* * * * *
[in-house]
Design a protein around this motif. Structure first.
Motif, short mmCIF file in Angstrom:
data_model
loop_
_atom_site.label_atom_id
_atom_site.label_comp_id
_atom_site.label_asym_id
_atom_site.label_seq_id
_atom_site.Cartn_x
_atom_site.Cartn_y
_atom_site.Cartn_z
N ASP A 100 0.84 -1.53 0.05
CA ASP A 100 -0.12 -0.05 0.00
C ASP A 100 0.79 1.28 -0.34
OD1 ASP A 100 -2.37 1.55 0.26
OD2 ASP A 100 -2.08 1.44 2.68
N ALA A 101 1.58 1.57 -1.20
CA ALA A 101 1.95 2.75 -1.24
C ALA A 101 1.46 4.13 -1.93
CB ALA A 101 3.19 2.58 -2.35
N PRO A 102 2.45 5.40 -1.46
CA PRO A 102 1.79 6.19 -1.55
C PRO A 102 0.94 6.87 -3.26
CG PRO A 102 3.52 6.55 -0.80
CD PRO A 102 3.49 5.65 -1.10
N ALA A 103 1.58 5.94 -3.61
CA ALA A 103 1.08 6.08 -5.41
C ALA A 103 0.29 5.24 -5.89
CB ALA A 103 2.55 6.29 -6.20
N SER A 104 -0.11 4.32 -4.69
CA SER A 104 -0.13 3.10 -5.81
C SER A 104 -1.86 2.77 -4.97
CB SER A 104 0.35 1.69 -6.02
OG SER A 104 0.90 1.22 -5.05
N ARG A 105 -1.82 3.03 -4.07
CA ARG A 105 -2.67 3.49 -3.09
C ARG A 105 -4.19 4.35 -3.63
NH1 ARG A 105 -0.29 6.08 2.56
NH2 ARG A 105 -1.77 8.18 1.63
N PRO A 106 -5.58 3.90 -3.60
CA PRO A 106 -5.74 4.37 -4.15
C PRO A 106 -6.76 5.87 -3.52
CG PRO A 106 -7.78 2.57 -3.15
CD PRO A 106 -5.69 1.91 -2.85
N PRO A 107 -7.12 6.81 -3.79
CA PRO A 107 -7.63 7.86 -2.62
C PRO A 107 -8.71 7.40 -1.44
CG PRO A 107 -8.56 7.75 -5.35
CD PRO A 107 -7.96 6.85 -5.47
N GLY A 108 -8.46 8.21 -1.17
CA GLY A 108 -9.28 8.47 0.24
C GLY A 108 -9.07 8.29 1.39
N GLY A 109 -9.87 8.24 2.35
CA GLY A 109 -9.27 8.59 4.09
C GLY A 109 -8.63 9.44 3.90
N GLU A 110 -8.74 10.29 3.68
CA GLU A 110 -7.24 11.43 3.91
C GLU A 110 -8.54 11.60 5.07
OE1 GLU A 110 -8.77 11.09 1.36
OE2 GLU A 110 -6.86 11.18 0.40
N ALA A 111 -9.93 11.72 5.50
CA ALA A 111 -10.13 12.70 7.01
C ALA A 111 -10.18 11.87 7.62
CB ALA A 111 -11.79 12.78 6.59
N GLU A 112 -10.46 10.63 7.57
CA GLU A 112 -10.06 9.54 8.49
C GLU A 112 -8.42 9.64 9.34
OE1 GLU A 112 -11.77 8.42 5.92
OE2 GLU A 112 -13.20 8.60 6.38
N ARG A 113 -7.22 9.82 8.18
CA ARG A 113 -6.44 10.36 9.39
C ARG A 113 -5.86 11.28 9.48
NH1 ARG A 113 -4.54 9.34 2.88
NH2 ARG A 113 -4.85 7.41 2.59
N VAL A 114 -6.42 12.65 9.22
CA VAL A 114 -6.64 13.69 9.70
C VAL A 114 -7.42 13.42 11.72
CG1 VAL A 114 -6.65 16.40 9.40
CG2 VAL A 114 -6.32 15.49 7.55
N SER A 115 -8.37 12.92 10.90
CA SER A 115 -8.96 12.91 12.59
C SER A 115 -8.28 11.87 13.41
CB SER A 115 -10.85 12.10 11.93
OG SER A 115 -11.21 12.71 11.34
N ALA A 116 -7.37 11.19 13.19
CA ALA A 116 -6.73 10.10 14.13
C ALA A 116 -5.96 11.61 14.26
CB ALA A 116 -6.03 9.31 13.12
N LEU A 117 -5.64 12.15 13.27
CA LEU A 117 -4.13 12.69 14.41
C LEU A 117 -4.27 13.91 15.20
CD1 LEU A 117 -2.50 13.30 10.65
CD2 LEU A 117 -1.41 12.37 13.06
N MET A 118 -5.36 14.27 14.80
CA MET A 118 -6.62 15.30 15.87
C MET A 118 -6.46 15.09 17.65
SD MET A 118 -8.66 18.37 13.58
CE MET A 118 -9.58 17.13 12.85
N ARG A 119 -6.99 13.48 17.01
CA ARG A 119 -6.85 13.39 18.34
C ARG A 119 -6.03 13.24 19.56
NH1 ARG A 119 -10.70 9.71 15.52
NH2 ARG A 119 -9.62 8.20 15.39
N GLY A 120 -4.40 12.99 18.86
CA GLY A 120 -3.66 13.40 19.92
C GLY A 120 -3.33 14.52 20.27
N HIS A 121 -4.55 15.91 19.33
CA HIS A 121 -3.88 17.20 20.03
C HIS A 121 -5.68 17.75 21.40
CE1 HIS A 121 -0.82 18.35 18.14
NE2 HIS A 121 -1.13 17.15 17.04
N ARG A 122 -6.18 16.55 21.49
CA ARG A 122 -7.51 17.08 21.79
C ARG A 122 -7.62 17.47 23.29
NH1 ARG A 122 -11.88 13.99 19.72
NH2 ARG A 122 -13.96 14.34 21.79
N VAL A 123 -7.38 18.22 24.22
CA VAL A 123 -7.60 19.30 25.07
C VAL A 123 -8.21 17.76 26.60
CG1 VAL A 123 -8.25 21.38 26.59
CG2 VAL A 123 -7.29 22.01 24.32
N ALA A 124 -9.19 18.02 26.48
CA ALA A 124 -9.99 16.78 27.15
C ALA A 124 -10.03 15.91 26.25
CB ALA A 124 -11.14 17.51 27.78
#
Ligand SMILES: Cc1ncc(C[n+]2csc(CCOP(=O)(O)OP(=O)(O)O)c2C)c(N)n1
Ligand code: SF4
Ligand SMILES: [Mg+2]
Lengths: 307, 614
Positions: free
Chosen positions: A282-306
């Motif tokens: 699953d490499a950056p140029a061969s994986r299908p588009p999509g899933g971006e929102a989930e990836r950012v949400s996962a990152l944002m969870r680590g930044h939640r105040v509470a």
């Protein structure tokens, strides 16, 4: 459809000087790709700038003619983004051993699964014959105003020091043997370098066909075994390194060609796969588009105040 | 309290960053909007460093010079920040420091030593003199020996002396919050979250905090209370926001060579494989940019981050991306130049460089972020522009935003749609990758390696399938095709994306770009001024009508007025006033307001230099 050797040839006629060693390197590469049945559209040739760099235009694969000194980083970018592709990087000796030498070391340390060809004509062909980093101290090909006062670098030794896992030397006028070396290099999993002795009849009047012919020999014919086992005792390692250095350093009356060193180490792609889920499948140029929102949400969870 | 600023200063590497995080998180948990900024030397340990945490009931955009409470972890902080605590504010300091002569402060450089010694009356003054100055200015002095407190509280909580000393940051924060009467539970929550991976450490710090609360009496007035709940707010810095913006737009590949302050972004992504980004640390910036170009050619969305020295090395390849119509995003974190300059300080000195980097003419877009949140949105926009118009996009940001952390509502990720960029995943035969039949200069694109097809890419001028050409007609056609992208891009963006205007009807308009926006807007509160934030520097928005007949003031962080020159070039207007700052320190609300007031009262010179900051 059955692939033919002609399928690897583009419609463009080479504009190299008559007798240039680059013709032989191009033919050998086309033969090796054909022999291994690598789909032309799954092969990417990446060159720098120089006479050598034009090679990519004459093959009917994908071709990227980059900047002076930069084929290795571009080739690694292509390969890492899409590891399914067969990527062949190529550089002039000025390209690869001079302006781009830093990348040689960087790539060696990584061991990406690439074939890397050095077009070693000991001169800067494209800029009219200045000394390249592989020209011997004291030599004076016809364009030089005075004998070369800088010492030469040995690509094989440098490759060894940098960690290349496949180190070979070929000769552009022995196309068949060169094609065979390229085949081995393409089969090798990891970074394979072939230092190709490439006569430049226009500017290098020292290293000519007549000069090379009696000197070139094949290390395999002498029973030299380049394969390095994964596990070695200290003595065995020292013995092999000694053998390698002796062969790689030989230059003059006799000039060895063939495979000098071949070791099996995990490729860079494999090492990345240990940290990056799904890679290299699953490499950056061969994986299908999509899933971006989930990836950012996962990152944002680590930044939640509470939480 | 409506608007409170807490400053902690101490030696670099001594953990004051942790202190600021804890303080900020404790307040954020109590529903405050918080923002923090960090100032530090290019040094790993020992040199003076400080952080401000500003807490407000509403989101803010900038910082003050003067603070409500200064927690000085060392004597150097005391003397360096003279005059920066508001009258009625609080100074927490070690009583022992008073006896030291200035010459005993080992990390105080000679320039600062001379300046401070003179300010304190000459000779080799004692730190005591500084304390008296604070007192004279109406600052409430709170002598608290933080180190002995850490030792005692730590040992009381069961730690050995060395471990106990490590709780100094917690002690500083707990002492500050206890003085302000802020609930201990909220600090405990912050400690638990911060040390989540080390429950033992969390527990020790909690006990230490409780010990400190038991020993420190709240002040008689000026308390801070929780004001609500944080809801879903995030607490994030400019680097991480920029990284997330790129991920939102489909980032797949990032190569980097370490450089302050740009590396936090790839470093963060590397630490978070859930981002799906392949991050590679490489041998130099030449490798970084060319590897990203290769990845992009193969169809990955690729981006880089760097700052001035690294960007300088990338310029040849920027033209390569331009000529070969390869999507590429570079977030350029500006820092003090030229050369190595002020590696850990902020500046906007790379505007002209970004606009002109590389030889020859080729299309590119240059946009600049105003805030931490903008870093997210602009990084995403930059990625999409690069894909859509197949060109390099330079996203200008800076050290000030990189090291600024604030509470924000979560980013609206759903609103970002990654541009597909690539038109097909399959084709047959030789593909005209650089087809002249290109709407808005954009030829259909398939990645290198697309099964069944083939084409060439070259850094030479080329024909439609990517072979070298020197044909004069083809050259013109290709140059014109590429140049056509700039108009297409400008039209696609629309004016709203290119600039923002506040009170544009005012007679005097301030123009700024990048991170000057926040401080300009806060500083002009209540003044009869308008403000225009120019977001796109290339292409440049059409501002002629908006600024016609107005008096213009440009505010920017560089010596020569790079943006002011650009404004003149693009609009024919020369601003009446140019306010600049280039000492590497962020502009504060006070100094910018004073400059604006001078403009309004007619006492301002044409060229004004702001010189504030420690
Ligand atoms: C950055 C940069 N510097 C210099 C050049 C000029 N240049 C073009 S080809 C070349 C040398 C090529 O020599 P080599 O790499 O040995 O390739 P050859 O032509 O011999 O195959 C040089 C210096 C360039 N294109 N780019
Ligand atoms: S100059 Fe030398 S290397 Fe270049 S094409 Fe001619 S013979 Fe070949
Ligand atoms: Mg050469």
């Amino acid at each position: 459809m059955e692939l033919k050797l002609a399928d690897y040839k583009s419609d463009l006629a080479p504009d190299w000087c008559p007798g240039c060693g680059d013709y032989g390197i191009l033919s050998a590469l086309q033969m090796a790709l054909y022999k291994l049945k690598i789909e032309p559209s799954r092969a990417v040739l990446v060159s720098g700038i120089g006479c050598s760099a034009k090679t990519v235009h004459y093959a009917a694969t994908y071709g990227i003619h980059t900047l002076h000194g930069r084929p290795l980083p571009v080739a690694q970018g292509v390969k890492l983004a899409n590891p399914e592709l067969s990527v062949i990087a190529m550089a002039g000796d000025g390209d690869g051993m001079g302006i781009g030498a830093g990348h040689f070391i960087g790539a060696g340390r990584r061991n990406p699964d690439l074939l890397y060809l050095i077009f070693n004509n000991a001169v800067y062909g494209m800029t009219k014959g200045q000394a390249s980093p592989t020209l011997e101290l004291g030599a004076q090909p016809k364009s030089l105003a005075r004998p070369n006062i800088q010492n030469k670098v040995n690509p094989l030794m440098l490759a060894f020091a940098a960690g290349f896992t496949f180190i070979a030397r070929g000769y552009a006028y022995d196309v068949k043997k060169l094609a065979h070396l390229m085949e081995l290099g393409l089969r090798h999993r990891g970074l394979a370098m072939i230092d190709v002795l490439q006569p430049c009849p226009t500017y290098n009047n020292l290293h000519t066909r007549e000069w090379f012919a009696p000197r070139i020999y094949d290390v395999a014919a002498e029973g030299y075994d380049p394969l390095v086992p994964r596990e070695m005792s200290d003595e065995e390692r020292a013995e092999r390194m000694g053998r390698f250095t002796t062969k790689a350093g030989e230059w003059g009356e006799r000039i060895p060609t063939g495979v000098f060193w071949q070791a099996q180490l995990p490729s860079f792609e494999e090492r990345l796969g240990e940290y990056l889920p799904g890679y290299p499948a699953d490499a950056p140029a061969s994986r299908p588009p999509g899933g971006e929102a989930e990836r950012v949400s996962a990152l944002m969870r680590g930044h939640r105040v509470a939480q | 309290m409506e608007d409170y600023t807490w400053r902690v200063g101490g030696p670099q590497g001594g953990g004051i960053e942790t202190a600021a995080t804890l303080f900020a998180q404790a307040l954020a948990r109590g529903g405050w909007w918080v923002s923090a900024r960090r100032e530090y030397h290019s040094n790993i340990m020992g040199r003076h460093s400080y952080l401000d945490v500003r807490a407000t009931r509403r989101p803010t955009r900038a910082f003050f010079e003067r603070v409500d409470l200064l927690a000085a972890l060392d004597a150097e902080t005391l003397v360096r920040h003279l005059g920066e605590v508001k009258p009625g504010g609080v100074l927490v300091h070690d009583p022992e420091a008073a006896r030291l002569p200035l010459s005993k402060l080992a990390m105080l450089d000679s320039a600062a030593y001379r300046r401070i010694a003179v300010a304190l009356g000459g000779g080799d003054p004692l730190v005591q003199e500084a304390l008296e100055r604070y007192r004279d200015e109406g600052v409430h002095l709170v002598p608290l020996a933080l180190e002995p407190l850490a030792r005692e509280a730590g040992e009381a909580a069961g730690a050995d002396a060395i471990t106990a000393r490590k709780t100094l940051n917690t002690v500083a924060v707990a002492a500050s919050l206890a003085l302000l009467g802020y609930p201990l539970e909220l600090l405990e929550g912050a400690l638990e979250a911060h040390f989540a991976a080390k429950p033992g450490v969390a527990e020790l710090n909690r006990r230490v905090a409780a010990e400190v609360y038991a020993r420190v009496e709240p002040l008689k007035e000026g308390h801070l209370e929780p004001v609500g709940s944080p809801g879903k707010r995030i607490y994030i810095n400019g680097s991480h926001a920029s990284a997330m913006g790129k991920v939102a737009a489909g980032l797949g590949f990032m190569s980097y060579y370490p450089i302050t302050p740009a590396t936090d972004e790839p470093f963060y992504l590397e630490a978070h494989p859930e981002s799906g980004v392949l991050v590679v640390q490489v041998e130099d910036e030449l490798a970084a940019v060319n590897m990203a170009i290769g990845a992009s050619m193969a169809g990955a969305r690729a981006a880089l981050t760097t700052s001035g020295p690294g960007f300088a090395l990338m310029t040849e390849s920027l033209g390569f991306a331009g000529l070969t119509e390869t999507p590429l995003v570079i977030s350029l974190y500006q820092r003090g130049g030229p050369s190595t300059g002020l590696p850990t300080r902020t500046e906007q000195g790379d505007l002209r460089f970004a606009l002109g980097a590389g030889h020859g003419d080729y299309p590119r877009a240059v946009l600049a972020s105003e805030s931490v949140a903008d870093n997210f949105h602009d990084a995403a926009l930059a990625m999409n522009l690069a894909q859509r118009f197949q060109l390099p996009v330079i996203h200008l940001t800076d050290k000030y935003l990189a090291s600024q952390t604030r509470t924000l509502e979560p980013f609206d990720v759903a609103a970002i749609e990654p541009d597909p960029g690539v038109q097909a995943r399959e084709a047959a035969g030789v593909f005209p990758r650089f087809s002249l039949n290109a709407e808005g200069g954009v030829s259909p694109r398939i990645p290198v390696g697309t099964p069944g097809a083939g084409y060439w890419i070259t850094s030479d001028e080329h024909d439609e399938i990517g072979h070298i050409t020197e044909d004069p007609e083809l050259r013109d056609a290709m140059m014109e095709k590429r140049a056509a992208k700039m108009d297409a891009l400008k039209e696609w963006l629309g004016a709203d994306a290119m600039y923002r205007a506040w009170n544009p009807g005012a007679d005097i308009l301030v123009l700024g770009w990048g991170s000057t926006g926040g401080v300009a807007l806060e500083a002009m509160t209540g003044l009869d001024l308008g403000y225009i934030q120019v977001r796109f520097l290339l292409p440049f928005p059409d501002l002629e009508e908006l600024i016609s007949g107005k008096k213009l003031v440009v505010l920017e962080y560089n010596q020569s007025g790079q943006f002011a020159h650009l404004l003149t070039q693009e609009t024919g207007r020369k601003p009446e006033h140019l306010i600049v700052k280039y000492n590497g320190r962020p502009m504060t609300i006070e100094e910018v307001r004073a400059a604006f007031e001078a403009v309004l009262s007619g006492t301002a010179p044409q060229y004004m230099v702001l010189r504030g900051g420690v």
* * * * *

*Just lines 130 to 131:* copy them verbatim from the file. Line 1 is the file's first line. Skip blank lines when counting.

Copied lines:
Ligand SMILES: [Mg+2]
Lengths: 307, 614